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SUNY Downstate Health Sciences University

School of Public Health

Alumni Spotlight

Tenya BlackwellTenya Blackwell

Hometown:  Brooklyn, New York          

Degree(s), Concentration, and Class Year at SUNY Downstate: DrPH, Environmental and Occupational Health Sciences, Class of 2018

Undergraduate Major: Chemistry 

Current Profession: Director of Community Engagement and Research at Arthur Ashe Institute for Urban Health

Community involvement: Have been highly involved in all manner of community engagement, community education and research. Involved in a number of community coalitions working to improve the health and wellbeing of residents of NYC particularly in Central Brooklyn. My current position as Director of Community Engagement and Research with the Arthur Ashe Institute affords me the opportunity for sustained community outreach, education, and engagement with local community boards, other CBOs and other decision-making stakeholders.

Award(s) Received: SUNY Downstate Rao Scholarship for Asthma Education and Research (2014) ● Arthur Ashe Institute for Urban Health Rachel Frutcher Award (2014) ● SUNY Old Westbury 50th Anniversary Alumni Award (2016) ● Delta Omega Public Health Honors Society (2018)

Click here for Tenya Blackwell's Linkedin profile


1. Why did you choose to study at SUNY Downstate School of Public Health (SPH)? Did SPH meet your expectations?

Being from Central Brooklyn I was familiar with Downstate as an institution and had previously heard positive reviews of Downstate. There was no doctor of Public Health program at Downstate when I initially set out to pursue my PhD but when I learned there was a program here, I gladly transferred.


2. What was the most memorable experience or advice you received during your time at SPH that struck you as particularly meaningful?

What's most memorable for me is how I was able to lean on so many of the faculty for advice and how each and every one of them so genuinely offered their time, their input and advice whenever I sought it. From the Deans, faculty outside of my concentration who were not technically my advisor, on down to other staff, I leaned-in on everyone and everyone always availed themselves to me in the most helpful ways.


3. Which SPH community member (e.g. faculty, staff, mentor, fellow classmates) influenced you the most and why?

This is hard to answer. So many has influenced me a lot, including Dr. Judith LaRosa and Dr. Karen Benker, but I'd have to say who influenced me the most was my committee chair, Dr. Laura Geer. She ALWAYS pushed and pushed me in the most gentle but persistent ways to step out of my comfort zone, to pursue opportunities to exposure myself in professional settings, and always pushed me to pursue grants, research opportunities and other speaking opportunities to share my research even when I was uncomfortable.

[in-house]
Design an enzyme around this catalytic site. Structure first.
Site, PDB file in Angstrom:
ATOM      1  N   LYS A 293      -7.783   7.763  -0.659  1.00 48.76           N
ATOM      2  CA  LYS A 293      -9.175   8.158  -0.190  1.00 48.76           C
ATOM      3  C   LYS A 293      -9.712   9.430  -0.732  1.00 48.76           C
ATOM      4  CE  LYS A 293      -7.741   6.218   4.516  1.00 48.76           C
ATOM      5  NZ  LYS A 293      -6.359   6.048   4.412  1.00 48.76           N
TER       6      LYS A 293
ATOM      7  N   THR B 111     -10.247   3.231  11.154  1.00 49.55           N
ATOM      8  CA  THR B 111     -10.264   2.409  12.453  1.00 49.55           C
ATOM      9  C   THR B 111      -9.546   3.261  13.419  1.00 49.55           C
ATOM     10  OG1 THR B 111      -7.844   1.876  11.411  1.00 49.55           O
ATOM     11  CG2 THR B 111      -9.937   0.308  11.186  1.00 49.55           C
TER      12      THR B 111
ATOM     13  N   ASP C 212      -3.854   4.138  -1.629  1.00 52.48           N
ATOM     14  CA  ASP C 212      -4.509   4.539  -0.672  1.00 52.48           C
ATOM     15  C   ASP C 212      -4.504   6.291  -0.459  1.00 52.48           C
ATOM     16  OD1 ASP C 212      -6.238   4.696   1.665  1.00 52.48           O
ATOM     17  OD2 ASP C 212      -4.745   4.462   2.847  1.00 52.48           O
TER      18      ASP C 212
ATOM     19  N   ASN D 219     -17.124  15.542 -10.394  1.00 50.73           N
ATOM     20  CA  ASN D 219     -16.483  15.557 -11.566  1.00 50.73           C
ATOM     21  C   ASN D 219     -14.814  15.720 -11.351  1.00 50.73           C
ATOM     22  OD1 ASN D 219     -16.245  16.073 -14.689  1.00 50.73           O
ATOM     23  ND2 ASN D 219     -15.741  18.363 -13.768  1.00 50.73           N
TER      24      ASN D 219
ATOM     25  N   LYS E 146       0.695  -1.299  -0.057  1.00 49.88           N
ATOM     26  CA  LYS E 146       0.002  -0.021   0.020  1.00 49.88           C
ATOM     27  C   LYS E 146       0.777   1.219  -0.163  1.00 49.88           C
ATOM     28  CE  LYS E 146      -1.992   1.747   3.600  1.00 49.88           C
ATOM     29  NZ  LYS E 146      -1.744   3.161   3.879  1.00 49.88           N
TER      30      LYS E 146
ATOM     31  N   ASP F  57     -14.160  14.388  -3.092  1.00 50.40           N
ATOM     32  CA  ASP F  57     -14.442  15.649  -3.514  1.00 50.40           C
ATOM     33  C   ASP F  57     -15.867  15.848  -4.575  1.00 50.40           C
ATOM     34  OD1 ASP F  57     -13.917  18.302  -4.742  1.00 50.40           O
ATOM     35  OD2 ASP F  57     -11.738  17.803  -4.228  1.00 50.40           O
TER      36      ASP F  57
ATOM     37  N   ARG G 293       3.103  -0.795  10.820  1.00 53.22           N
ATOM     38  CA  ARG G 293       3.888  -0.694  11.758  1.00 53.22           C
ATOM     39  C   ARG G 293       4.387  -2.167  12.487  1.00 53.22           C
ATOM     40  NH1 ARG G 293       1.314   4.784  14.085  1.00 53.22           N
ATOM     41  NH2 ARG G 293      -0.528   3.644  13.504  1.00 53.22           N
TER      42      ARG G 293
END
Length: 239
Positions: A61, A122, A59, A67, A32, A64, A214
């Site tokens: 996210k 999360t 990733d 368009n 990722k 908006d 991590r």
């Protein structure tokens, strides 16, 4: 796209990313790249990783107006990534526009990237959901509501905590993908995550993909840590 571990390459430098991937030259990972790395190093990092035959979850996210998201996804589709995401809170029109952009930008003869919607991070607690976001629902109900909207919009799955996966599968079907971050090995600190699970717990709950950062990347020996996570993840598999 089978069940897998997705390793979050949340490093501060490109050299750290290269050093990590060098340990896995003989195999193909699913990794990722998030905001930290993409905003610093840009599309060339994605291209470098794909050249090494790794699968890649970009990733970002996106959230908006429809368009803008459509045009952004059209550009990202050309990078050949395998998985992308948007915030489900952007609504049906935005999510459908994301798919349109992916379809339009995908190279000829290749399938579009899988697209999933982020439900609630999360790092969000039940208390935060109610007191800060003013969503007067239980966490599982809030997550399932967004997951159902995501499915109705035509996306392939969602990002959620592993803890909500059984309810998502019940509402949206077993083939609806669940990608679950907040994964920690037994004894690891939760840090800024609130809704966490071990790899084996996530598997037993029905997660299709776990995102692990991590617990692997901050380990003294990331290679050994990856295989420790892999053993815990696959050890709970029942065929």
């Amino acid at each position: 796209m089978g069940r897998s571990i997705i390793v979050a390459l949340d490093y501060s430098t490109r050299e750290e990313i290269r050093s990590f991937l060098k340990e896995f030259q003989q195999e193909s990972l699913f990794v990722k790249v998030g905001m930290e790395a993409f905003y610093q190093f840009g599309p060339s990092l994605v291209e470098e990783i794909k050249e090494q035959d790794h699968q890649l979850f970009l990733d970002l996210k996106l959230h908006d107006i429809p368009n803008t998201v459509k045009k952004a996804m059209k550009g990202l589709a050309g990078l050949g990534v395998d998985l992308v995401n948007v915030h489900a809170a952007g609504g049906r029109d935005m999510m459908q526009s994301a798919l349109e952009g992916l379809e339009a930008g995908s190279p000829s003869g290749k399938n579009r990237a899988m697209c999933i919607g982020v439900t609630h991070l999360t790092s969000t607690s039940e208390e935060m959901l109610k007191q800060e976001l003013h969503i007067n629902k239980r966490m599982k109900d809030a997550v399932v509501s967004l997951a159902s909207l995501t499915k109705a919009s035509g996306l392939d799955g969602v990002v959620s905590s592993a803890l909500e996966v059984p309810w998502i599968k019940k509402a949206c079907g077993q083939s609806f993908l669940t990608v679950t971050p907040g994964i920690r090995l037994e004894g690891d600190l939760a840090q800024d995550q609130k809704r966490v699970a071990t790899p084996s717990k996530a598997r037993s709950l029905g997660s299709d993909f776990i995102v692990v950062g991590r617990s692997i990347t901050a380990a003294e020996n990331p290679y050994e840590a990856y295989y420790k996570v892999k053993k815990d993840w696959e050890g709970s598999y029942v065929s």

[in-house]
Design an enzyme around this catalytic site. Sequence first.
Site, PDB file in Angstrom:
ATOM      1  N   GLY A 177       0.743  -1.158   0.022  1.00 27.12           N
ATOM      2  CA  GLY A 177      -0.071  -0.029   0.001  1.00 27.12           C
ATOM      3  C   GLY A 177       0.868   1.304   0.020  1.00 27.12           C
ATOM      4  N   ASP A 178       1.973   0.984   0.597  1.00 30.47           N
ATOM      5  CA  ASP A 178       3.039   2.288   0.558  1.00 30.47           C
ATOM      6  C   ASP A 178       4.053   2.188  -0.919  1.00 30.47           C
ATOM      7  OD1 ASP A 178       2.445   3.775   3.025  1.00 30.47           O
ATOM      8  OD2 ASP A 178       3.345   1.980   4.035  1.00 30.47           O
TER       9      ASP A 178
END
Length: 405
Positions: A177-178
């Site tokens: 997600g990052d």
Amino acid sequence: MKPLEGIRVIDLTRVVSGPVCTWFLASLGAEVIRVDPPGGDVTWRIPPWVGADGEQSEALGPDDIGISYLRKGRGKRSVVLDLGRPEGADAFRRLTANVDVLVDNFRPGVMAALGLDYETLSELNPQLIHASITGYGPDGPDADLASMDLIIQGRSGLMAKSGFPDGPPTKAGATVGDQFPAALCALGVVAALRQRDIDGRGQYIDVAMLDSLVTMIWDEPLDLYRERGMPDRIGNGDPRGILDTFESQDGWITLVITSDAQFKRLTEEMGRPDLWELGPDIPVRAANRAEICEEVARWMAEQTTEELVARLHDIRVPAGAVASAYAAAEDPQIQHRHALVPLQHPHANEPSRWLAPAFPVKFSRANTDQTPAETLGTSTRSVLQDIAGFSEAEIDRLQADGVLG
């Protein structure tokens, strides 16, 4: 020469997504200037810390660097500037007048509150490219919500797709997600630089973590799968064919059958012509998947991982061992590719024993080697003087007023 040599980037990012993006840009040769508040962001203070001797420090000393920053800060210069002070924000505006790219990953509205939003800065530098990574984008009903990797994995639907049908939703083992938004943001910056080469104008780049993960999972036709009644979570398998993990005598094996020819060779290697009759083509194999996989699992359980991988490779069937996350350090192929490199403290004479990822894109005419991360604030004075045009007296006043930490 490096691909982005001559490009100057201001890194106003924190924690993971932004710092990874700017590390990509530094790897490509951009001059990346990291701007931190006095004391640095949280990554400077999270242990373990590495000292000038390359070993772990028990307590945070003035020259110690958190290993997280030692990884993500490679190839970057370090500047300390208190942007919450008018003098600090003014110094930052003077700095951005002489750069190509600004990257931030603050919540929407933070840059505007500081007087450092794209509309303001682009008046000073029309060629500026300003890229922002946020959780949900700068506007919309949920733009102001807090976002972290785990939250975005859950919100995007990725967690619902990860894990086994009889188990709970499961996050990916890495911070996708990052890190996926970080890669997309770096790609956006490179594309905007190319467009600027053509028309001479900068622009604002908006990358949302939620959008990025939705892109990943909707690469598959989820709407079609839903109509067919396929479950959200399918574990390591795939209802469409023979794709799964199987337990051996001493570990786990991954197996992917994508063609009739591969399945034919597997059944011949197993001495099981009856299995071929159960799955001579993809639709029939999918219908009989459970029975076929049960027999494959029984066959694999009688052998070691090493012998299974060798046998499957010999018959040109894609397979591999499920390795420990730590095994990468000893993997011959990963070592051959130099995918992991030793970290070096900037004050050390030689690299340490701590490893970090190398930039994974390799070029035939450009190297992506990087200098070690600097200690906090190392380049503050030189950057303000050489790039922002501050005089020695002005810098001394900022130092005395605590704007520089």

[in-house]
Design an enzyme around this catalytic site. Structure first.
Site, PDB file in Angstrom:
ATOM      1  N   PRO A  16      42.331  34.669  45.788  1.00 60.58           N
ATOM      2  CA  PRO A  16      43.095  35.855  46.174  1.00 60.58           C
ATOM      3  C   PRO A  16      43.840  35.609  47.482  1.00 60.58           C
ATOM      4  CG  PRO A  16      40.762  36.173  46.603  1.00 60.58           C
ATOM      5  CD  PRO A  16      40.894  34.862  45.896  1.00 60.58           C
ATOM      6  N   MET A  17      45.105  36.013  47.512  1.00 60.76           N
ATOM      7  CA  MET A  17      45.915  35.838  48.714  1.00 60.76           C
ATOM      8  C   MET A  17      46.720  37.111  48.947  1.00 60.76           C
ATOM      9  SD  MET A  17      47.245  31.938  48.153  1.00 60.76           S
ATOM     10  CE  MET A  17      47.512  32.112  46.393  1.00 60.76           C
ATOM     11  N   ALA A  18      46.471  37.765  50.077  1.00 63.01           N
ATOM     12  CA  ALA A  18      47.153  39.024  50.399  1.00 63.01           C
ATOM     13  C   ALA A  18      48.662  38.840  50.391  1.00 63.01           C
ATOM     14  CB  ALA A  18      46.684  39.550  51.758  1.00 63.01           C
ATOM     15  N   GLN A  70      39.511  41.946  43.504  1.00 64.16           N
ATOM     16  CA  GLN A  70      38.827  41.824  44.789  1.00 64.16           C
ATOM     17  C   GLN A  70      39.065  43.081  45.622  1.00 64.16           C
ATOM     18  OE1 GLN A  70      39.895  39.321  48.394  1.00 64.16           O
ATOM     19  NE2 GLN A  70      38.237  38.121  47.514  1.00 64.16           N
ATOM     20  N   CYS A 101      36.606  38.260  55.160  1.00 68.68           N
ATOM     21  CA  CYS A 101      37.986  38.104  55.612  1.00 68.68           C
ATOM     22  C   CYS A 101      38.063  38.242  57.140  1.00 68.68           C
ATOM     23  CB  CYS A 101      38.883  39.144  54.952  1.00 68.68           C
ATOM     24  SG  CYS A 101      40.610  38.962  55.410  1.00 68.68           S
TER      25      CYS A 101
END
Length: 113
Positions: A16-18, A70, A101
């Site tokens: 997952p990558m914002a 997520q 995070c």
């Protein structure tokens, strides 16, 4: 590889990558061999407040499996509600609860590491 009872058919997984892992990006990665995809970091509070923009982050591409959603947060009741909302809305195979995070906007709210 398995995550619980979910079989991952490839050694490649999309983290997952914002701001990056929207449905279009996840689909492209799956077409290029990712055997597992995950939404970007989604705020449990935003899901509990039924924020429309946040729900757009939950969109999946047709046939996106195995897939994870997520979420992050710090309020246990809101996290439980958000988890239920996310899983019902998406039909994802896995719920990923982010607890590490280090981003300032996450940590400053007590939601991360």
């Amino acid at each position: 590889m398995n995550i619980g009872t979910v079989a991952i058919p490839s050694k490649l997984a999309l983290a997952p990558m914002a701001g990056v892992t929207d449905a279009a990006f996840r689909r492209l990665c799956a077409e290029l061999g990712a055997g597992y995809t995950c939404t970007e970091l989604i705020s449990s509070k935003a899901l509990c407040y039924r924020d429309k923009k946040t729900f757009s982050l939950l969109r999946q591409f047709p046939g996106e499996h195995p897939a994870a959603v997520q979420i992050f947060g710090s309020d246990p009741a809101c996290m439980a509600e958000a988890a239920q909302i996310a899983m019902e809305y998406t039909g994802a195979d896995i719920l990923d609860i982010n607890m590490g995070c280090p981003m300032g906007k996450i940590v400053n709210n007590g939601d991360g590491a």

4. Where has life taken you since you graduated from SPH? How has your experience at Downstate SPH prepared you for your career?

Since graduating I have come 'full circle' to work and give back to the Downstate community through work with the Arthur Ashe Institute for Urban Health located at Downstate. Surely my experience at Downstate has further prepared me for work around health disparities, and health equity, community-based participatory research and education. 


5. Could you describe your current profession? What is the most rewarding and most challenging aspect of your profession?

In my current role, I am the Director of Community Engagement and Research at the Arthur Ashe Institute for Urban Health right here at Downstate. The most rewarding thing is I get to have my hands in many aspects of public health; from research, education/training and public health advocacy. What I love most is the community outreach and engagement in underserved Brooklyn communities including where I was born and raised in Brownsville, Brooklyn. I love that I get to “pay it backwards” and serve and educate and advocate for the community that my family originates from.  The most challenging is typical in the nonprofit world which is doing lots of great work with limited resources, funding and support.                


6. What advice do you have for prospective students?

To be prepared and take ownership of your education. The faculty and staff are here and will genuinely assist you and help develop and push you into opportunities that will really enhance your public health career if you put in the persistent effort.  


7. Where do you see yourself in five years?

In five years, I see myself furthering my extramural research and academic teaching.



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